Tablets represent a disruptive force in the laptop industry, and AMD has the technology ingredients needed for them, Meyer said. Fast chips with strong graphics capabilities are a strength of the company, he said.
The tablet strategy is important for AMD in the long term, but for now, the company will wait and observe the market, Meyer said. AMD will intensify its involvement and invest significant research and development money when the market is suitable. Tablets are still evolving, and new form factors will come over time, Meyer said.
The company will reveal more details about its tablet strategy at its financial analyst day, which will be held at the company’s headquarters in Sunnyvale, Calif., on Nov. 9.
AMD’s interest in tablets comes as shipments of the devices explode. Intel CEO Paul Otellini said Tuesday that tablets were biting into PC shipments by a few million units per quarter. IDC and Gartner on Wednesday said that tablets were severely impacting netbooks, whose proportion of overall mobile computer shipments had diminished during the third quarter.
Tablets would optimally use chips that draw two to three watts of power, which is about half the power consumption of a fanless netbook, Meyer said. Device makers may take AMD’s netbook components and build them into tablets, he said.
The company plans to formally enter the netbook market with its low-power Ontario chip, which will start shipping in the fourth quarter. Netbooks and low-power laptops with the chip will start appearing early next year. Ontario combines a CPU and a graphics processor (GPU) on a single chip.
The company has said that Ontario’s CPU core, code-named Bobcat, will be able to draw less than 1 watt of power. The power budget of the integrated GPU core has yet to be revealed, though GPUs tend to draw more power than CPUs.
For now, the company will focus on establishing itself in the netbook market, which will continue to grow in terms of shipments despite the onslaught of tablets, Meyer said. Intel’s Atom chips are the most frequently used in netbooks today.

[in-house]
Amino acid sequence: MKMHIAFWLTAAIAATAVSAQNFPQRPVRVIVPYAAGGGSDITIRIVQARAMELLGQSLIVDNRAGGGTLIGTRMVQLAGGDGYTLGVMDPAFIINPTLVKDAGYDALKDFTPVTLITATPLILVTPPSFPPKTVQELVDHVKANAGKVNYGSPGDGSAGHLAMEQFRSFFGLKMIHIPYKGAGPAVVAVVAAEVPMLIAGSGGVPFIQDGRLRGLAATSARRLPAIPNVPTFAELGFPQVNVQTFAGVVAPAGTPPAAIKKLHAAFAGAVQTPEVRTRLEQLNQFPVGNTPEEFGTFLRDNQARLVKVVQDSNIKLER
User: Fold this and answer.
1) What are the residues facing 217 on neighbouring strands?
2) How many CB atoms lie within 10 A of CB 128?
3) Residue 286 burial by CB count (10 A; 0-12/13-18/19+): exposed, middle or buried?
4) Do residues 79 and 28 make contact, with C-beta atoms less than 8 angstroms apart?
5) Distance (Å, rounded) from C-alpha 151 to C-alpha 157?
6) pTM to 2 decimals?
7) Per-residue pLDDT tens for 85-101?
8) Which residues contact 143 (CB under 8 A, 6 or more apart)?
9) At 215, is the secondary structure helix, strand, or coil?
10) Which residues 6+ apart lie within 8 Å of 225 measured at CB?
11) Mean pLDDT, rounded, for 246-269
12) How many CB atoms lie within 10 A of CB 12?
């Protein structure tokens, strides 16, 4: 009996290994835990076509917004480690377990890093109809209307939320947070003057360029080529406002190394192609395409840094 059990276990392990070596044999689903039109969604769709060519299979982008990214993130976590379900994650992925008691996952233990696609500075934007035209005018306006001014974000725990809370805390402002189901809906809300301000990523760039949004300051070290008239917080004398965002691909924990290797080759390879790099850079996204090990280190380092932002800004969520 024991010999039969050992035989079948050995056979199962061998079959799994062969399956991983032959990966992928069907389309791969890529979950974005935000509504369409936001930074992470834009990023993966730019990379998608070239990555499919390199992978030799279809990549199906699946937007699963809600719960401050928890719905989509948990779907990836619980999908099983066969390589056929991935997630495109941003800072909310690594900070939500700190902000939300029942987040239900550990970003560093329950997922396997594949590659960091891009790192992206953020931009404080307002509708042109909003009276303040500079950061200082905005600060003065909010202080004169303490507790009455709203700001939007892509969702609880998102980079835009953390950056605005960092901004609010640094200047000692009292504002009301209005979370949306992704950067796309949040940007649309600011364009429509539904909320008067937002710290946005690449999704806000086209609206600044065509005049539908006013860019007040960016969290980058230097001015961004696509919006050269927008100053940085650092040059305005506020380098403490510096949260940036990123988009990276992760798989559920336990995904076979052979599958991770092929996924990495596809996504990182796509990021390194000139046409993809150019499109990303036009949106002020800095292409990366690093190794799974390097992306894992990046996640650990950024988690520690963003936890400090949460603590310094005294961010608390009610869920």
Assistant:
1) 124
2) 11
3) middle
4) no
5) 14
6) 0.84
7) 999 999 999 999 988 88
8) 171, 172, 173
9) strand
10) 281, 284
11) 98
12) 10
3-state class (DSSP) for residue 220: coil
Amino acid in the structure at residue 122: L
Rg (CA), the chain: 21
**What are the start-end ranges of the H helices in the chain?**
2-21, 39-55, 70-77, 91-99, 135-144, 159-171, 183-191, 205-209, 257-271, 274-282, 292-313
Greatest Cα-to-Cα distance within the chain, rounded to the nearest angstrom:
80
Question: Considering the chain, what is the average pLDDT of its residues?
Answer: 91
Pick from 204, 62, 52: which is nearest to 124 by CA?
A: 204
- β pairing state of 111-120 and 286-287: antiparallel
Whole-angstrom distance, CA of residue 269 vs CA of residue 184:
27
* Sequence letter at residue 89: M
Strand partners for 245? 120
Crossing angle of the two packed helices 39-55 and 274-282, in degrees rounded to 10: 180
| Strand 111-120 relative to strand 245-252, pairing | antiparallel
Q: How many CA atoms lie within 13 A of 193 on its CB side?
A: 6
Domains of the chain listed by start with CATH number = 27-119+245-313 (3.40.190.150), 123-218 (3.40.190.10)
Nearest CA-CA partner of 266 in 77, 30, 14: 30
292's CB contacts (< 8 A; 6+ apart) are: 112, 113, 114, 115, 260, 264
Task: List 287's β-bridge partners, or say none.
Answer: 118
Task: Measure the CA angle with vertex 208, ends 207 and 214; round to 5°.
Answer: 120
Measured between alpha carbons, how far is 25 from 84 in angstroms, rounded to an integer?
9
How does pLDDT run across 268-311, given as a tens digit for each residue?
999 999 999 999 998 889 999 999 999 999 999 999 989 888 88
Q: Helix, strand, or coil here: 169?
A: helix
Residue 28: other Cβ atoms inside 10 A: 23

AMD also has room to grow in the PC space, and most research and development money will be sent in that direction, Meyer said. Intel held an 80.7 per cent market share in PC microprocessor shipments during the second quarter, while AMD held a 19 per cent market share, according to an IDC study released in August.
AMD on Thursday posted a net loss for the third quarter, but reported a boost in microprocessor and graphics products sales as it inches its way back to profitability.
The company reported a net loss of US$118 million for the quarter ending Sept. 25, an improvement from the net loss of $128 million it reported in the third quarter last year.
As part of the results, AMD reported a $186 million equity loss related to its manufacturing spinoff, GlobalFoundries. Excluding that loss and other items, AMD would have reported a profit of $108 million.
The company reported revenue of $1.62 billion, which grew from $1.4 billion in the year-ago quarter. Analysts polled by Thomson Reuters expected revenue for the quarter to be $1.61 billion.
Revenue for the Computing Solutions segment, which includes revenue from microprocessor sales, was $1.23 billion, growing 13 percent compared to the year-ago quarter. Revenue for the graphics segment was $390 million, growing by 33 per cent.
Ahead of the earnings, AMD lowered its revenue forecast for the third quarter, citing weak demand for laptops in western Europe and North America.
Despite weakness in the consumer segment, the company continues to focus on new products, said Dirk Meyer, AMD’s president and CEO, in a statement.
The company hopes to receive a boost later this quarter when it starts shipping its much-delayed Fusion family of chips, which could appear in PCs starting early next year. The chip integrates a graphics processor inside the CPU, which could save battery life on laptops and provide better graphics capabilities.